MacKay-Lyons Sweetapple Architects designed the Martin-Lancaster House, a beautiful cedar-clad, passive solar dwelling with stunning views of the Nova Scotia coast. The 3,000-square-foot house was built using local materials and techniques that respond well to the region’s recurrent freeze-thaw cycles. The architects oriented the long side of the rectilinear courtyard home to the south to take advantage of the solar gain.
Overlooking the rugged Atlantic coast, the Martin-Lancaster House’s spatial layout is designed like a “procession toward the sea.” The courtyard home is divided into four primary components: a gable garage/guest house, a gabled social pavilion nearest to the coast, a north-facing service bar, and an arrival court between the pavilion and bar. Large strips of glazing that wrap around the double-height living pavilion complement the locally sourced cedar shingle facade.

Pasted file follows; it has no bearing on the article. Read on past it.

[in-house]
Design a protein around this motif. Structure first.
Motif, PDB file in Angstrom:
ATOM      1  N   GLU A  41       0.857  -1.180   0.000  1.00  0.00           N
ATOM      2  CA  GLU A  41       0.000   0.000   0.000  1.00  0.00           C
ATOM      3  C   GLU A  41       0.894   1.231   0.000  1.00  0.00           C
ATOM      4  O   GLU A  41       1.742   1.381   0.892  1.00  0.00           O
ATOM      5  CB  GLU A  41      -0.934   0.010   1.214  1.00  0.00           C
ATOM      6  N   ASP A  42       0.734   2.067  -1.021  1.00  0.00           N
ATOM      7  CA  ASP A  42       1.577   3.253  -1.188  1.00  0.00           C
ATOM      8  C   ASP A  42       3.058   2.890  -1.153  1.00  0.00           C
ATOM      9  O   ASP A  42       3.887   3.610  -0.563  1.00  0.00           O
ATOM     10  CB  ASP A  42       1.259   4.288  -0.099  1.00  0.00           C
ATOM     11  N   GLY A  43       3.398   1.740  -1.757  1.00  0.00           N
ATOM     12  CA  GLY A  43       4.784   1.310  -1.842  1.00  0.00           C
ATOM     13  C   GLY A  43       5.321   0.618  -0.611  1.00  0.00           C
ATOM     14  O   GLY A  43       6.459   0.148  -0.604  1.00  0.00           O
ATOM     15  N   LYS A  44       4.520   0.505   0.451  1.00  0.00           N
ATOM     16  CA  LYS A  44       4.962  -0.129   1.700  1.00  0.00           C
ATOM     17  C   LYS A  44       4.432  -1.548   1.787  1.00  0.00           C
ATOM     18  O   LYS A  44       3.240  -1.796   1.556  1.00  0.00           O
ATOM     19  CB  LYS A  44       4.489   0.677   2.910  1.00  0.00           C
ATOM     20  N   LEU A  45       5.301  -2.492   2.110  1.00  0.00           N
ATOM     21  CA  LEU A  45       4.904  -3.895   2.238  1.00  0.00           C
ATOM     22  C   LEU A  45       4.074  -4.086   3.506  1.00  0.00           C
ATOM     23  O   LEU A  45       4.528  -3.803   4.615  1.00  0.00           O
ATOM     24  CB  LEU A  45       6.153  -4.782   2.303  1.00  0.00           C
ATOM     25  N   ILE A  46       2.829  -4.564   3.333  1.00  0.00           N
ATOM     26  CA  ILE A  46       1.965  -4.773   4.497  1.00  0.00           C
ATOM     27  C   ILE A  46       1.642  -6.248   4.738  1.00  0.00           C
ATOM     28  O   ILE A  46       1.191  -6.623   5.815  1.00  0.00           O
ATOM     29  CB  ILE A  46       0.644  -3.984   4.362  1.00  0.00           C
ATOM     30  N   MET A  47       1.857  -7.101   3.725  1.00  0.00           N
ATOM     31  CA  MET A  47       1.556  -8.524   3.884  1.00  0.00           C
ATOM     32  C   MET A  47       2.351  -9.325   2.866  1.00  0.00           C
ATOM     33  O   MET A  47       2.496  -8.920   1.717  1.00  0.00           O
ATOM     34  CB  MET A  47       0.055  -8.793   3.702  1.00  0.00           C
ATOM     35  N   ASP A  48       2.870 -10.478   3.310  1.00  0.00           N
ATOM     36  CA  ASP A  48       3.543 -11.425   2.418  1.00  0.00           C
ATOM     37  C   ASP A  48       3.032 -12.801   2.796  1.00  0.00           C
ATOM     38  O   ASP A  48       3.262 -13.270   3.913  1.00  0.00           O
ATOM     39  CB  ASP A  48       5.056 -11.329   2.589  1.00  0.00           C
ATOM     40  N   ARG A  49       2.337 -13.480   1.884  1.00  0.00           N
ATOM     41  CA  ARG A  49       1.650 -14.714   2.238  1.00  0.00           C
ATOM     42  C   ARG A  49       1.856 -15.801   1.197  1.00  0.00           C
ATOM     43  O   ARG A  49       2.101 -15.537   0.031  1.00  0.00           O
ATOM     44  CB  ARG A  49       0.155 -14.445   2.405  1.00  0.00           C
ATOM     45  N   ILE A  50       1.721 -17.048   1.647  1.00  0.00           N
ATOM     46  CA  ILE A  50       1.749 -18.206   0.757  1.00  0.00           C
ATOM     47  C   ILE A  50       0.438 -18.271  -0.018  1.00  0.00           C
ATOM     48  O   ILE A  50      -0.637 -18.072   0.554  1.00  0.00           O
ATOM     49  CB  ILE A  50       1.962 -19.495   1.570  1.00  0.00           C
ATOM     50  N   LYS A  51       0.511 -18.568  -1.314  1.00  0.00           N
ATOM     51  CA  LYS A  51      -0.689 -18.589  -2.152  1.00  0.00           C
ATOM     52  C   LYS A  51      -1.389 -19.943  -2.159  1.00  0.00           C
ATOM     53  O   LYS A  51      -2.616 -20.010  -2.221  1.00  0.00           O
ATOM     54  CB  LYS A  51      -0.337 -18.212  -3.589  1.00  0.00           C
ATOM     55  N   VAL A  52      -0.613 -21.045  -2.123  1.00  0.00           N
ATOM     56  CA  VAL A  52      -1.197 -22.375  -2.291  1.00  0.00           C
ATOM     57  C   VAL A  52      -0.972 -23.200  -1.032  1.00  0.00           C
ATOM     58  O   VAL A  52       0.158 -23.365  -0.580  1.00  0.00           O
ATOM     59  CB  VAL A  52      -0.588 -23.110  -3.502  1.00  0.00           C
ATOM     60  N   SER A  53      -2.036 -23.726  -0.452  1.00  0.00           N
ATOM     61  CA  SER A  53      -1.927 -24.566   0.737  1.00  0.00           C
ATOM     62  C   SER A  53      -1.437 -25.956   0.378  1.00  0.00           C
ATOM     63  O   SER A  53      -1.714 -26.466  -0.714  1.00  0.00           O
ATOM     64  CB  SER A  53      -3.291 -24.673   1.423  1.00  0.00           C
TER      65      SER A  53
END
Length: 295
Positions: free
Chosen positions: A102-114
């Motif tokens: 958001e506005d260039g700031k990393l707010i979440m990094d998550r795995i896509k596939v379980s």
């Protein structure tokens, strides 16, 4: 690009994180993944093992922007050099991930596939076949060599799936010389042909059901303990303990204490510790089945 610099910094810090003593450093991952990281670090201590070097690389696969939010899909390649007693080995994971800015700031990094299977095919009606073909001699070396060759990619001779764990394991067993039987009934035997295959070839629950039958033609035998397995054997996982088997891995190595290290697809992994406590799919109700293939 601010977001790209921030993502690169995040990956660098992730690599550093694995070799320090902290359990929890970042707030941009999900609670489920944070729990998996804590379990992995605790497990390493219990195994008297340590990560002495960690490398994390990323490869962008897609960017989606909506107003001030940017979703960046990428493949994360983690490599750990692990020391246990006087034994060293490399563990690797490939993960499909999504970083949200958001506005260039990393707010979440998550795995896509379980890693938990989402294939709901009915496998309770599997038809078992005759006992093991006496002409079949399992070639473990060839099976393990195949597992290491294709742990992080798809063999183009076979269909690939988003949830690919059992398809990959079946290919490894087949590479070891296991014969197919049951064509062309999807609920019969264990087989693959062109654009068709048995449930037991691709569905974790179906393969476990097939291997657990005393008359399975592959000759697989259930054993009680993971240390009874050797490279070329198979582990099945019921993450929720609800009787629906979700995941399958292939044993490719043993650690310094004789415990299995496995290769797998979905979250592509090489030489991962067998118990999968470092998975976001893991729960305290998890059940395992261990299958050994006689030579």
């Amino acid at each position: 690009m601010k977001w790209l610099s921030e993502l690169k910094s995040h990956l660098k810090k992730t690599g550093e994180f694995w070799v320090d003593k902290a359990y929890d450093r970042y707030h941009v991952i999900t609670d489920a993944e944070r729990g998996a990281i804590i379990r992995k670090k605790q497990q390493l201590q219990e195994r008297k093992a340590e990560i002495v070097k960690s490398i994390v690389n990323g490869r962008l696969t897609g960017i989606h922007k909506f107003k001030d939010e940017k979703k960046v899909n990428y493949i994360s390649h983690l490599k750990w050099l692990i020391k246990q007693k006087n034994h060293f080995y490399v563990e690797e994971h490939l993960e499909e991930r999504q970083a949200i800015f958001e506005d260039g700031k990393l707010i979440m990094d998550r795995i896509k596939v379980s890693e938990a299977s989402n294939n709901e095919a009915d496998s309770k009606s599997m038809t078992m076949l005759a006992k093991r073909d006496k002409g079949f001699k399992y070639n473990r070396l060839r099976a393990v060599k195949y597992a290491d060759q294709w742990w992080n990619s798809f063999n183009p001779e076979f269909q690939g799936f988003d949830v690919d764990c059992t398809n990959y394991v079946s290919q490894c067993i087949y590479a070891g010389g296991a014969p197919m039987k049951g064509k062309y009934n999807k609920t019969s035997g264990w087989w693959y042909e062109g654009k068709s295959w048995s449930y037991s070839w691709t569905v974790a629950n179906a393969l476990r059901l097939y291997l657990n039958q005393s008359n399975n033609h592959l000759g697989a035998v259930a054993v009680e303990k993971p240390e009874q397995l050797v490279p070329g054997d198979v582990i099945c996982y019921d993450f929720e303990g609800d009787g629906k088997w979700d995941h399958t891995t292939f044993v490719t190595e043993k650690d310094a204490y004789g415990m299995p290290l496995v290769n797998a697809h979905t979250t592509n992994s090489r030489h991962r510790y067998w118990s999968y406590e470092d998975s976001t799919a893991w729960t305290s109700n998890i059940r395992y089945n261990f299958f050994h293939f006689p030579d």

Powered by geothermal energy, the home is heated through an in-floor, hydronic radiation system. Like the facade, the interior features a restrained material palette that alludes to the landscape with its earthy tones and wood furnishings. The south-living pavilion features a beautiful totemic concrete hearth.